• ‘Milton and the Book Trade’. In A History of the Book in Britain, vol. 4: 1557-1695, eds. John Barnard and D. F. McKenzie (Cambridge: Cambridge University Press, 2002), pp. 376-87.
  • ‘The King is a Thing’. In Parry and Raymond, eds., Milton and the Terms of Liberty (Cambridge: D. S. Brewer, 2002), pp. 69-94.
  • ‘The Literature of Controversy’. In Thomas N. Corns, ed., A Companion to Milton (Oxford: Basil Blackwell Publishers, 2001), pp. 191-210. Irene Samuel Award of the Milton Society of America for the most distinguished collection on Milton published in 2001.
  • ‘Pamphlets and News’. In David Womersley, ed., A Companion to Literature from Milton to Blake (Oxford: Basil Blackwell Publishers, 2000), pp. 483-96.
  • ‘Popular Representations of Charles I’. In Thomas N. Corns, ed., The Royal Image: Representations of Charles I(Cambridge University Press, 1999), pp. 47-73.
  • ‘The Newspaper, Public Opinion, and the Public Sphere in the Seventeenth Century’. In Raymond, ed., News, Newspapers and Society (London: Frank Cass, 1999), pp. 109-140.
  • ‘Introduction: Newspapers, Forgeries, Histories’. In Raymond, ed., News, Newspapers and Society (London: Frank Cass, 1999), pp. 1-11.
  • ‘Under the Skin of Ideology’. In Alanna Heiss, ed., The Aesthetic Arsenal: Socialist Realism Under Stalin (Moscow & New York: Institute for Contemporary Art, 1993), pp. 68-74.

Journal articles

  • ‘Angels’. History Today (forthcoming December 2010).
  • ‘Seventeenth-century Print Culture’. Blackwell’s History Compass, November 2004 <www.history-compass.com>
  • ‘Describing Publicity in Early Modern England’. Huntington Library Quarterly 67 (2004): 101-29.
  • ‘Complications of Interest: Milton, Scotland, Ireland, and National Identity in 1649’. Review of English Studies 55.220 (2004): 315-45.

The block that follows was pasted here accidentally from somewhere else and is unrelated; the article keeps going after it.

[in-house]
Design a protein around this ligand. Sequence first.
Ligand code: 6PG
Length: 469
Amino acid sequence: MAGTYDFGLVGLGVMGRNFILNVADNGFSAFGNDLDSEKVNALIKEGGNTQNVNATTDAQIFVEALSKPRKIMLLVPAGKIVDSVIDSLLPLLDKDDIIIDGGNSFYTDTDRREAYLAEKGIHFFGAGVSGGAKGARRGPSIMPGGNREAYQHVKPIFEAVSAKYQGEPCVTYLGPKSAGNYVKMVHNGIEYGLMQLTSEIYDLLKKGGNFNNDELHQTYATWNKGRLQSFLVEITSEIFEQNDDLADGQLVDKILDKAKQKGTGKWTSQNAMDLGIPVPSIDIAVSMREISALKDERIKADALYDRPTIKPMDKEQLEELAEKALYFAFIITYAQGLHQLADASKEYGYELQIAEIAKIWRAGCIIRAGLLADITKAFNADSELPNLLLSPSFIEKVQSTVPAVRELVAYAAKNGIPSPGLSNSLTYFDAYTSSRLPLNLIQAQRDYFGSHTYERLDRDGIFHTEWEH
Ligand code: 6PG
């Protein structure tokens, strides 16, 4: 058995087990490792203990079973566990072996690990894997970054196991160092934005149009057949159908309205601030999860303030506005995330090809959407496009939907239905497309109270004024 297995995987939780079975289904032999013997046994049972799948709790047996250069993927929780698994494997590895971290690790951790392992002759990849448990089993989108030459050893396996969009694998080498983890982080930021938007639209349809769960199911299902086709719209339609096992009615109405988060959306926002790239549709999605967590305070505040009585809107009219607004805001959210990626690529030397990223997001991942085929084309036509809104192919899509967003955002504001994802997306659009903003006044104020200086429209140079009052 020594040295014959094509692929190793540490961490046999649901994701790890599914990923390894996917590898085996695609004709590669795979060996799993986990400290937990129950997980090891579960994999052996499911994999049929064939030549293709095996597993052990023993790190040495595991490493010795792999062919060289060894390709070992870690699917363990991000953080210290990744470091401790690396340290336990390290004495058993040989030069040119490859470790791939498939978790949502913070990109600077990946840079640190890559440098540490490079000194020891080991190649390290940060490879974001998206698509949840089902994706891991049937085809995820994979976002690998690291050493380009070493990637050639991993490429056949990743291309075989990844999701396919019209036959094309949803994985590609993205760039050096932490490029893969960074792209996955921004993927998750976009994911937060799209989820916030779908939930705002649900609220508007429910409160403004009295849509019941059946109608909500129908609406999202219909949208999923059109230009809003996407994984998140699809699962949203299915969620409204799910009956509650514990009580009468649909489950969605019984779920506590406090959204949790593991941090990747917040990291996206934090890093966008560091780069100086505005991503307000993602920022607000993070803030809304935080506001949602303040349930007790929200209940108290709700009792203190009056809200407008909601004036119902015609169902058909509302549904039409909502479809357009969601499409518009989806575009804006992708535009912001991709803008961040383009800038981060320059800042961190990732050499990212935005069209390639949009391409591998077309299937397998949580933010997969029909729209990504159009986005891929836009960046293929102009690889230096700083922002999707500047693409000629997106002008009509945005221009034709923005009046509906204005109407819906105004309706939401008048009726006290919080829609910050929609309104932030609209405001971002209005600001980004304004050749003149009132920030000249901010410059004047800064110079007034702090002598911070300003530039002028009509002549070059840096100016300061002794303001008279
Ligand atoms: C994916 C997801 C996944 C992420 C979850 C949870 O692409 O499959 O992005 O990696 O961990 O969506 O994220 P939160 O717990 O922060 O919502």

• ‘Framing Liberty: Marvell’s First Anniversaryand the Instrument of Government’. Huntington Library Quarterly 62 (2001): 313-50.
  • ‘Review Article: The History of Newspapers and the History of Journalism: two disciplines or one?’. Media History 5 (1999): 223-32.
  • ‘John Hall’s A Method of History: A Book Lost and Found (with transcription)’. English Literary Renaissance 28.2 (1998): 267-98.
  • ‘John Streater and The Grand Politick Informer’. Historical Journal 41.2 (1998): 567-74.
  • ‘“A Mercury with a Winged Conscience”: Marchamont Nedham, Monopoly and Censorship’. Media History4.1 (1998): 7-18.
  • ‘An Eye-Witness to King Cromwell’. History Today (July 1997): 35-41.
  • The Great Assises Holden in Parnassus: The Reputation and Reality of Seventeenth-Century Newsbooks’. In Studies in Newspaper and Periodical History: 1994 Annual, eds. Michael Harris and Tom O’Malley (Westport, CT and London: Greenwood Press, 1996): 1-17.
  • ‘The Cracking of the Republican Spokes’. Prose Studies19 (1996): 255-74.
  • ‘The Daily Muse; Or, Seventeenth-Century Poets Read the News’. The Seventeenth Century 10 (1995): 189-218.
  • ‘Some corrections and additions to British newspapers and periodicals 1641-1700: A short-title catalogue’. Notes & Queries 240 (1995): 451-3.
  • ‘Where is this Goodly Tower? Republican Theories of Education’. Critical Survey 5 (1993): 289-97.